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Walk this way! Hi-tech firm proves its power

 
Robbie the Robot
User ID: 38354
United Kingdom
11/01/2005 12:28 PM
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Walk this way! Hi-tech firm proves its power
Walk this way! Hi-tech firm proves its power
By Karla Adam
Published: 01 November 2005

Japan is renowned for its hi-tech gadgets but it has crossed a new frontier with the prospect of remotely controlling humans.

Nippon Telegraph and Telephone Corp (NTT) has invented a headset that can move people from left to right at the flick of a joystick. The headset delivers a weak electrical current just behind the ear affecting the vestibular system, which controls movement and balance.

Galvanic vestibular stimulation (GVS) has been around for years, but is only now gaining attention with the new research. When an electrical current is fired, the body shifts its balance towards the electrode. If the current is strong enough, the person with a headset will walk in the direction the charge was sent.

NTT showed off its headset at a recent computer graphics conference in Los Angeles, where participants eagerly signed up to be controlled from a small radio transmitter.

Yuri Kageyama, an Associated Press reporter who tried out the headset at NTT´s research centre in Japan said he found the experience "unnerving and exhausting" and likened it to being drunk. It felt like an "invisible hand" reaching inside the brain, he added.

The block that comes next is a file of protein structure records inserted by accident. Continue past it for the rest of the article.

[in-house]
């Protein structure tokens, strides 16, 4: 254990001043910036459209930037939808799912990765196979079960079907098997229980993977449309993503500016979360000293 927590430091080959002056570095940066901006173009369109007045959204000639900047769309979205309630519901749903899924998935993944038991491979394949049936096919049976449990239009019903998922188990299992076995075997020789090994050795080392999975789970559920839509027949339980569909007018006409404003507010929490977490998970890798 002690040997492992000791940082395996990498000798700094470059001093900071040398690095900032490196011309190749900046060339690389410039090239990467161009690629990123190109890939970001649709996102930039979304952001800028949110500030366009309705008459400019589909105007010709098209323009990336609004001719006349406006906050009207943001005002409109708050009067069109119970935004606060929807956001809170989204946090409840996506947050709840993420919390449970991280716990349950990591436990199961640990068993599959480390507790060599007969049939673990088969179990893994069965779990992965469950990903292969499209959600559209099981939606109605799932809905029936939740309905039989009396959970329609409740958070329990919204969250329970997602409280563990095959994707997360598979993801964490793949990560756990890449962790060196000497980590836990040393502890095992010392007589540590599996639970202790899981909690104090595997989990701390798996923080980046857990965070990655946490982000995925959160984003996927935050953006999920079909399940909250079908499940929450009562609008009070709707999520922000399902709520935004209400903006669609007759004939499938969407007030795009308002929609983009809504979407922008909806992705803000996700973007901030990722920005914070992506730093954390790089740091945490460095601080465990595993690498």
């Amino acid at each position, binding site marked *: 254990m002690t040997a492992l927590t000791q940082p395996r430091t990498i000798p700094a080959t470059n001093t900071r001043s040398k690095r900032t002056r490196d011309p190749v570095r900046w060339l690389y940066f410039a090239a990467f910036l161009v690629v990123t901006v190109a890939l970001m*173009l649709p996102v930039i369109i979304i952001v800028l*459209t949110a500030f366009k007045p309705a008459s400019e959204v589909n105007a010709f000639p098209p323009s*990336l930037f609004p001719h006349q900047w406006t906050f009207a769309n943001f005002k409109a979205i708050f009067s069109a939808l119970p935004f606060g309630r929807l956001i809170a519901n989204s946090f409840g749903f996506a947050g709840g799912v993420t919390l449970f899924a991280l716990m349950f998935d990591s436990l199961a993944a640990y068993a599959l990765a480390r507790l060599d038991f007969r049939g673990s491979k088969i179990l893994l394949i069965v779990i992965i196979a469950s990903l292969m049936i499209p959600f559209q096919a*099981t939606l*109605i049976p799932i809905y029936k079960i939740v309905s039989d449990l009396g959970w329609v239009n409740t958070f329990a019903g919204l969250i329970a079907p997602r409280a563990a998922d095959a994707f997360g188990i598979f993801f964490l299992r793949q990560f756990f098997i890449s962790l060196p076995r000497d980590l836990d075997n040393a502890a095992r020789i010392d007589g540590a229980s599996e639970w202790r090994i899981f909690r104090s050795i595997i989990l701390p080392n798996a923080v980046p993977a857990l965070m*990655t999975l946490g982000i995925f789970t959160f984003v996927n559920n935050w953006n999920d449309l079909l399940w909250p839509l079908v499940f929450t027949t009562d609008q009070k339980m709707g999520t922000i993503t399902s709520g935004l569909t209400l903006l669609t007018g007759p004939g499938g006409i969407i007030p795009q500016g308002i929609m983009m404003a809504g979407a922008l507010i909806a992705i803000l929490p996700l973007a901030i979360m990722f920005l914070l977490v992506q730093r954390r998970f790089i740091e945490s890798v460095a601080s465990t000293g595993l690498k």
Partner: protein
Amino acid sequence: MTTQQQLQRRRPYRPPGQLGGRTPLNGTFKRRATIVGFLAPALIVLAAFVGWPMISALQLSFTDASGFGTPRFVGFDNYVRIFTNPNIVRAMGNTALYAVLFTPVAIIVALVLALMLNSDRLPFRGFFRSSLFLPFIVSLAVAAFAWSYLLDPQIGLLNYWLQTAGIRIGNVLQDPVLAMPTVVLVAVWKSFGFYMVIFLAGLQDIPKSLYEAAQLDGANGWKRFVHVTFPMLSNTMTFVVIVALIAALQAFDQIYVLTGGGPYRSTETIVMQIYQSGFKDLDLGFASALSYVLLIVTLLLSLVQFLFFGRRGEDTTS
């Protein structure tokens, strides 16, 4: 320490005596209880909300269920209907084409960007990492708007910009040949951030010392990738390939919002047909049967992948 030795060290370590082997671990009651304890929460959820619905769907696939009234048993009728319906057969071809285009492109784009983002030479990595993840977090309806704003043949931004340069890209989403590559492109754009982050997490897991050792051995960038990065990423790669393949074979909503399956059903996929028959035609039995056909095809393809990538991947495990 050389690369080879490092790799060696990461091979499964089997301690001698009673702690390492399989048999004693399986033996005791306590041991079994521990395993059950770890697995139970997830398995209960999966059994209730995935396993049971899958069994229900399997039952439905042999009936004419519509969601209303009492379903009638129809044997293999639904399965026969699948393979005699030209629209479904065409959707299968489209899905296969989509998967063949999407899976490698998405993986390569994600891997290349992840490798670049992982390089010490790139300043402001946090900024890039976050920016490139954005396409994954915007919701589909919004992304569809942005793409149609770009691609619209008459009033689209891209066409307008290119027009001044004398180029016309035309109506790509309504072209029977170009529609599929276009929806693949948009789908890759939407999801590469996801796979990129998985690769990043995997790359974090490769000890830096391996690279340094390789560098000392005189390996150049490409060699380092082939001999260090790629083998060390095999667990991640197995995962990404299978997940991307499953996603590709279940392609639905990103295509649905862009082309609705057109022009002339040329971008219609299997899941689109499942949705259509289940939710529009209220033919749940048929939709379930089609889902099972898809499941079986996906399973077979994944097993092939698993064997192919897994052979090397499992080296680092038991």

The technology builds on similar research by the Cyberkinetics company, which helps paralysed patients play video games through the electrical currents created by thoughts, andresearchers from State University in New York, who manipulated the movements of rats by threading their brains with electric wires. The NTT researchers say they have no immediate plans for commercial development but are considering the possibilities for video gaming.

Japan is renowned for its hi-tech gadgets but it has crossed a new frontier with the prospect of remotely controlling humans.

Nippon Telegraph and Telephone Corp (NTT) has invented a headset that can move people from left to right at the flick of a joystick. The headset delivers a weak electrical current just behind the ear affecting the vestibular system, which controls movement and balance.

Galvanic vestibular stimulation (GVS) has been around for years, but is only now gaining attention with the new research. When an electrical current is fired, the body shifts its balance towards the electrode. If the current is strong enough, the person with a headset will walk in the direction the charge was sent.

NTT showed off its headset at a recent computer graphics conference in Los Angeles, where participants eagerly signed up to be controlled from a small radio transmitter.
Yuri Kageyama, an Associated Press reporter who tried out the headset at NTT´s research centre in Japan said he found the experience "unnerving and exhausting" and likened it to being drunk. It felt like an "invisible hand" reaching inside the brain, he added.

The technology builds on similar research by the Cyberkinetics company, which helps paralysed patients play video games through the electrical currents created by thoughts, andresearchers from State University in New York, who manipulated the movements of rats by threading their brains with electric wires. The NTT researchers say they have no immediate plans for commercial development but are considering the possibilities for video gaming.
[link to news.independent.co.uk]

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